When a Slip and Fall Accident Injures Your Child at School
School is one of the safest places that your child can be, particularly if an emergency occurs. This is because schools have rules and protocols for emergency situations. You can expect emergency services to arrive at the school before you do, though you’ll be contacted right away. Yet, it is one of every parent’s worst nightmares to respond to such a call, to show up at school just in time to see your child placed on a gurney to head for the hospital. In some cases, you may even have to meet your child at the hospital, because the school’s response to an emergency situation is just that quick. Still, while the school may respond more quickly than you yourself would have been able to, you are still going to be left with questions about how your child was injured, why your child was injured, and what could have been done to prevent it. When it comes to slip and fall injuries, there is often an element of negligence to consider.
What Kinds of Injuries to Children Experience from School Slip and Fall Accidents?
If your child slips or trips and falls at school, there are many different injuries that he or she might sustain. These range from minor scrapes and bruises to serious head injuries, neck injuries, spine injuries, broken bones, internal bleeding, or other wounds that require immediate emergency treatment. The severity of your child’s injury will typically determine the speed and urgency of the school’s response, though there are occasions where the injuries go unnoticed by the staff at the school and are allowed to grow worse before the child is able to receive treatment when their parent becomes aware of the injury.
What Hazard Was Involved in Your Child’s Slip and Fall Injury at School?
No matter where you are, schools included, there is the potential for hazards that can lead to slip or trip and fall injuries. This includes wet floors, broken pavement, damaged carpets, slippery and steep stairs, and spilled liquids or scattered items. The school should work to identify and remove such hazards as quickly as possible to prevent injury, but this does not always happen, and such injuries continue to occur. In most cases, the staff will have done their best to prevent these injuries, but in others, you may not be so sure of this. Identifying the exact hazard that resulted in injury is going to the first step in determining whether or not your child’s injury could have been avoided if appropriate measures were taken to remove hazards.
Can You File a Personal Injury Claim for Your Child’s Injuries Against Their School?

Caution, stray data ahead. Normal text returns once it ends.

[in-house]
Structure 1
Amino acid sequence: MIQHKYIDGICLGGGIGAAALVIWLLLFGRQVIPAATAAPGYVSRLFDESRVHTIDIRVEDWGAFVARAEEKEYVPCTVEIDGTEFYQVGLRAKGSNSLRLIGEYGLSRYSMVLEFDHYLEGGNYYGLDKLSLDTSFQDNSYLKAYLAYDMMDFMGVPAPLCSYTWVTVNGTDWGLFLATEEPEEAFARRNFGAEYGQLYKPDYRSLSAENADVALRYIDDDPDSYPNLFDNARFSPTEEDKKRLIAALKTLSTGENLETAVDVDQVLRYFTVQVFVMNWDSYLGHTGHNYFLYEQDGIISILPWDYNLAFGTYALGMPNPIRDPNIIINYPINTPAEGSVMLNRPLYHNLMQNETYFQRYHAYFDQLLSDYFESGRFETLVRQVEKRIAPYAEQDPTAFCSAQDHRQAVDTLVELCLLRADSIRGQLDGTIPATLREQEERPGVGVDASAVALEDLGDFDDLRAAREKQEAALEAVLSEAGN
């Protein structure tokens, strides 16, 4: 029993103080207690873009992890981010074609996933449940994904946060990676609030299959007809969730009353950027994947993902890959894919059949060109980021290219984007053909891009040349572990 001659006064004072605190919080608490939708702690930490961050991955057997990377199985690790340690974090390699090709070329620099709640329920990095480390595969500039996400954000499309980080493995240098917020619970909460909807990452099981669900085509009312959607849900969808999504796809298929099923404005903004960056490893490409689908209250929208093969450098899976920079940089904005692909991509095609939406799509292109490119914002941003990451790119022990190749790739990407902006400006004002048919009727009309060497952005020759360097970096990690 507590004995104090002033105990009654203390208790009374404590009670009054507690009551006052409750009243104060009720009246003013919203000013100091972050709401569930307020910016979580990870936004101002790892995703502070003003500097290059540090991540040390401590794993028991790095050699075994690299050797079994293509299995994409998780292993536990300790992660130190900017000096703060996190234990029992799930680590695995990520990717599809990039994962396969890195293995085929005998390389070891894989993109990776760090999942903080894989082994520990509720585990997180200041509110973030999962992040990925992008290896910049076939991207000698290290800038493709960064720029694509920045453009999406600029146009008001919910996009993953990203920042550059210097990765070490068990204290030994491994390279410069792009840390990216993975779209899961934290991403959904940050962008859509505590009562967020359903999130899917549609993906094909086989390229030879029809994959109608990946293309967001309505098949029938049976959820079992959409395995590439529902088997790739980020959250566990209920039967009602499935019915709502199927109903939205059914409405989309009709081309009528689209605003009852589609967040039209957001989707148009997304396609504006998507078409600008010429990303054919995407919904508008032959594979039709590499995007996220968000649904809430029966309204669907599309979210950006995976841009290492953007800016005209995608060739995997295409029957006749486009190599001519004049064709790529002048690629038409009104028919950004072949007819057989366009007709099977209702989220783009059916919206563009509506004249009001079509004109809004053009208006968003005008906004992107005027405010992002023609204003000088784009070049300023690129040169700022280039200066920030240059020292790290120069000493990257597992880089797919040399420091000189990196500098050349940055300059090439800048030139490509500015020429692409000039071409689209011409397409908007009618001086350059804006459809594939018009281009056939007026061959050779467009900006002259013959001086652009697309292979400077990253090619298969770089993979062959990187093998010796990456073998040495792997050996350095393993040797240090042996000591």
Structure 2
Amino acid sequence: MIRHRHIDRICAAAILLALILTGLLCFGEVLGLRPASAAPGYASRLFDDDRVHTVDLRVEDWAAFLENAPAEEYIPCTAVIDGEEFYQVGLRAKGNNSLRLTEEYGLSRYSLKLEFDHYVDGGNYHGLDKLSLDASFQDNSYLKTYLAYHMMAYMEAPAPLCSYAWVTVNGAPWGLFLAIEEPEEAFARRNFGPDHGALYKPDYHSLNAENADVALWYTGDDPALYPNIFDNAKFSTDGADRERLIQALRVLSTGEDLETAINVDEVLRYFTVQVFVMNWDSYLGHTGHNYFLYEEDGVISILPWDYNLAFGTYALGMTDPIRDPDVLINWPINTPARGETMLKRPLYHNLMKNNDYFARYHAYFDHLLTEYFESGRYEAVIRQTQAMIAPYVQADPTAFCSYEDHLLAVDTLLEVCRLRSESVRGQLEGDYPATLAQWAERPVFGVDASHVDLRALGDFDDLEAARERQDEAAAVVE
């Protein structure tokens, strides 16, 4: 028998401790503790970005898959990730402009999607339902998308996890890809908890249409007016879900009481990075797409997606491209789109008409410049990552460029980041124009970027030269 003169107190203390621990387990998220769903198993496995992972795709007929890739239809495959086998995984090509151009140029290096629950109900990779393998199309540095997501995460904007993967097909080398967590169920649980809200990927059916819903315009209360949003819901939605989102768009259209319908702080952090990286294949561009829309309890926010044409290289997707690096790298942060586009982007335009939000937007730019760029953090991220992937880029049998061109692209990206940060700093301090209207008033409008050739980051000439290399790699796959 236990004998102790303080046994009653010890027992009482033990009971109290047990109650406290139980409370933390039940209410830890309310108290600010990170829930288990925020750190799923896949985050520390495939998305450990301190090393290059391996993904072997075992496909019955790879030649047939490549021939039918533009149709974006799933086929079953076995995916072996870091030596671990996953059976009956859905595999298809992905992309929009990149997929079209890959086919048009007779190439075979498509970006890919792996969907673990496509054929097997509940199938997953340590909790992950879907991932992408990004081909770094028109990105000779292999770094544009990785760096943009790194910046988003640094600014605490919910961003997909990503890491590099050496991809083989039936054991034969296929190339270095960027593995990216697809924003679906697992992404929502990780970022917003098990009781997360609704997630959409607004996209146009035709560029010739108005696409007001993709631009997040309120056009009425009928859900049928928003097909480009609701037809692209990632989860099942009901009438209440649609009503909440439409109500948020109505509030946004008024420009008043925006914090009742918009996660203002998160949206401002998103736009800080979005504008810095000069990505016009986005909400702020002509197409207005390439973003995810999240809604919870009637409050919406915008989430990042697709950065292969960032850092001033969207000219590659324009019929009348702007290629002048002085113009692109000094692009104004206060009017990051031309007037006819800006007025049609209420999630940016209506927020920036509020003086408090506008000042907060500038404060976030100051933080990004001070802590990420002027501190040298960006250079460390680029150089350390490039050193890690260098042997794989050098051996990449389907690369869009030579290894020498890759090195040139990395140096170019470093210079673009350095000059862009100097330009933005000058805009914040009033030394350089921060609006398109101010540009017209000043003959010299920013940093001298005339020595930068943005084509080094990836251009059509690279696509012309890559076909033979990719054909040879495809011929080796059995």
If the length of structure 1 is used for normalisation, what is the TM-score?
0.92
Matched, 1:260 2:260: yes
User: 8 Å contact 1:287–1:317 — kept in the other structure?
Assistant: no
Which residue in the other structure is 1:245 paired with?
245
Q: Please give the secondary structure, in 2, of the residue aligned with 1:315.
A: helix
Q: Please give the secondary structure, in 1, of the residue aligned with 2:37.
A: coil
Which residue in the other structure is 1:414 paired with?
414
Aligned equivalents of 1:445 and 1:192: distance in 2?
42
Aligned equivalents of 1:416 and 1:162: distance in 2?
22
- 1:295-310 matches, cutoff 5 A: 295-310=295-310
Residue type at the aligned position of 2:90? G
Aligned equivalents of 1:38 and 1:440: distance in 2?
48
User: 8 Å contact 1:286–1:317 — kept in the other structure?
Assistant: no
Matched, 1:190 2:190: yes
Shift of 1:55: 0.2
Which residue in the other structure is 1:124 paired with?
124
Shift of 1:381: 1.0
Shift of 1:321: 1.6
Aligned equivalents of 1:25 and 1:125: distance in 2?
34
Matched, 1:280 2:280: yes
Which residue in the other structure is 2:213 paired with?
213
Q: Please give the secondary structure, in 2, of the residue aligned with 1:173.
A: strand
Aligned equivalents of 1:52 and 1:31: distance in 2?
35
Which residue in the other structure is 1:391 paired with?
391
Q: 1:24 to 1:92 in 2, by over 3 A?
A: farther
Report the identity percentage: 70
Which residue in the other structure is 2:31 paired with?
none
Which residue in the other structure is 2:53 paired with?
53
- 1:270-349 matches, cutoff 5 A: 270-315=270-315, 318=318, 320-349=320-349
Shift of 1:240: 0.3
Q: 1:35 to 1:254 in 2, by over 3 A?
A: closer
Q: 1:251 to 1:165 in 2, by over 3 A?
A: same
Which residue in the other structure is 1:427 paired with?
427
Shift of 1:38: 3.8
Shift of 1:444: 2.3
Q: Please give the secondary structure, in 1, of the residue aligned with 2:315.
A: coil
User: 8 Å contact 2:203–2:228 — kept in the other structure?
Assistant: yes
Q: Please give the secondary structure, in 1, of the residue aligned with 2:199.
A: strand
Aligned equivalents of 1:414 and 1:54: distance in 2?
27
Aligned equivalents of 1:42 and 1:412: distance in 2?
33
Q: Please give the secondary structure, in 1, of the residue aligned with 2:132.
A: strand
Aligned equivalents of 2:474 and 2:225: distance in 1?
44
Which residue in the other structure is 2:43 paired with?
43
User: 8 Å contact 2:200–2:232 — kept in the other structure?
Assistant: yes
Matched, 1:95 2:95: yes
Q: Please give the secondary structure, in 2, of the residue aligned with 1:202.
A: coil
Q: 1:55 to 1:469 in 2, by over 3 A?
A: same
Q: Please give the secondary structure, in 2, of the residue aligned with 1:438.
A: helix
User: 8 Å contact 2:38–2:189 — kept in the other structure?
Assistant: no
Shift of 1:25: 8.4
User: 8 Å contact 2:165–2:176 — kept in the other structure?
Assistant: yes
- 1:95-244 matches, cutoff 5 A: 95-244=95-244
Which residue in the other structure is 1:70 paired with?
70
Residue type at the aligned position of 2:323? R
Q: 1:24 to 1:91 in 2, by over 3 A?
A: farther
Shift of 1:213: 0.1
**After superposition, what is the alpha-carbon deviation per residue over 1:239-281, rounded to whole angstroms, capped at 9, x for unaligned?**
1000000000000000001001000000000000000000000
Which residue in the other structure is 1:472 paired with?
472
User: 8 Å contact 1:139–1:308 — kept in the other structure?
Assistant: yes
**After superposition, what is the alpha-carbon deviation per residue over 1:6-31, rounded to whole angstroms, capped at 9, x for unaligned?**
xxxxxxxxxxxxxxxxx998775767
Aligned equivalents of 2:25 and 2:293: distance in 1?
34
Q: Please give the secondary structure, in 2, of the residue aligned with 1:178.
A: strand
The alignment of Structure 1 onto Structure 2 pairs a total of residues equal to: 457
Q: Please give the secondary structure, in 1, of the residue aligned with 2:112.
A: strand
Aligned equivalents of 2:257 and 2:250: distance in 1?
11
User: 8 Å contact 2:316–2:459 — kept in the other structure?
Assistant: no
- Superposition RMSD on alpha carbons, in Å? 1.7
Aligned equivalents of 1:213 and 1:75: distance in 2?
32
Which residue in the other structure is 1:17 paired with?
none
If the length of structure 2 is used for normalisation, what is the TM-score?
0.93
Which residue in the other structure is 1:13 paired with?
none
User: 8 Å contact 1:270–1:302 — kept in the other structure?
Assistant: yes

Whenever a child is injured through a slip and fall accident in a school, there is the possibility that you may have a valid personal injury claim. Yet, it will all come down to what the hazard was that caused the accident, whether or not the school was negligent in allowing that hazard to exist, and also whether they were negligent in responding to the injury. For example, there have been cases where children were seriously injured, with broken bones or other serious concerns, but the school staff did not seek immediate medical treatment, often thinking that the child was being dramatic and was not actually injured. If something like this has happened to your child, then you almost certainly have a valid personal injury claim. However, if all necessary steps were taken to prevent injury if the school responded appropriately when the injury occurred, and if no negligence is found, then you may not actually have a valid personal injury claim. It all depends on the unique circumstances of the injury.
One aspect of determining whether or not there was negligence on the part of the school is establishing whether or not the injury could have been foreseen by the school staff. For example, if there was ice on the premises outside of the school, and the school staff failed to remove the ice, and your child slipped on it, then the school may have been negligent because the injury was foreseeable and preventable. The same is true of a spill in the hallway that was left for too long, so that the staff had plenty of time to clear it away, but did not.
In other cases, an injury might not be foreseeable. Your child may have entered a part of the building where they were not supposed to be or may have gone outside on a day when outside recess was canceled due to icy weather, for example. If your child simply tripped over a desk or over their own shoelaces, then such injuries are not typically foreseeable or preventable. In such cases, there may be no negligence on the part of the school, as long as they responded appropriately to the injury once it occurred. If your child was allowed to sit without any medical response to a broken bone or other serious injuries, then there may be negligence in the response of the school to the given injury, and you may have a valid personal injury claim.
Government Agencies and This Affects Potential Claims
Because a public school is a government agency, the rules that apply to personal injury claims that are filed against them are different. You have to begin by submitting written notification to the government, the city, the school district, before filing a claim. They can then accept the claim or deny the claim before you are able to file a lawsuit. You also only have one year to file such a notice. Further, you may have a valid claim against someone other than the school, itself. It may be a teacher, a principal, or a bus driver, for example. This is especially true in cases where a teacher should have been aware of an injury but did not respond appropriately.
If you have personal injury claim against a school or the staff of a school because of your child’s slip or trip and fall injury, contact our personal injury lawyers to learn more about your options and whether or not your claim is valid and worth pursuing.
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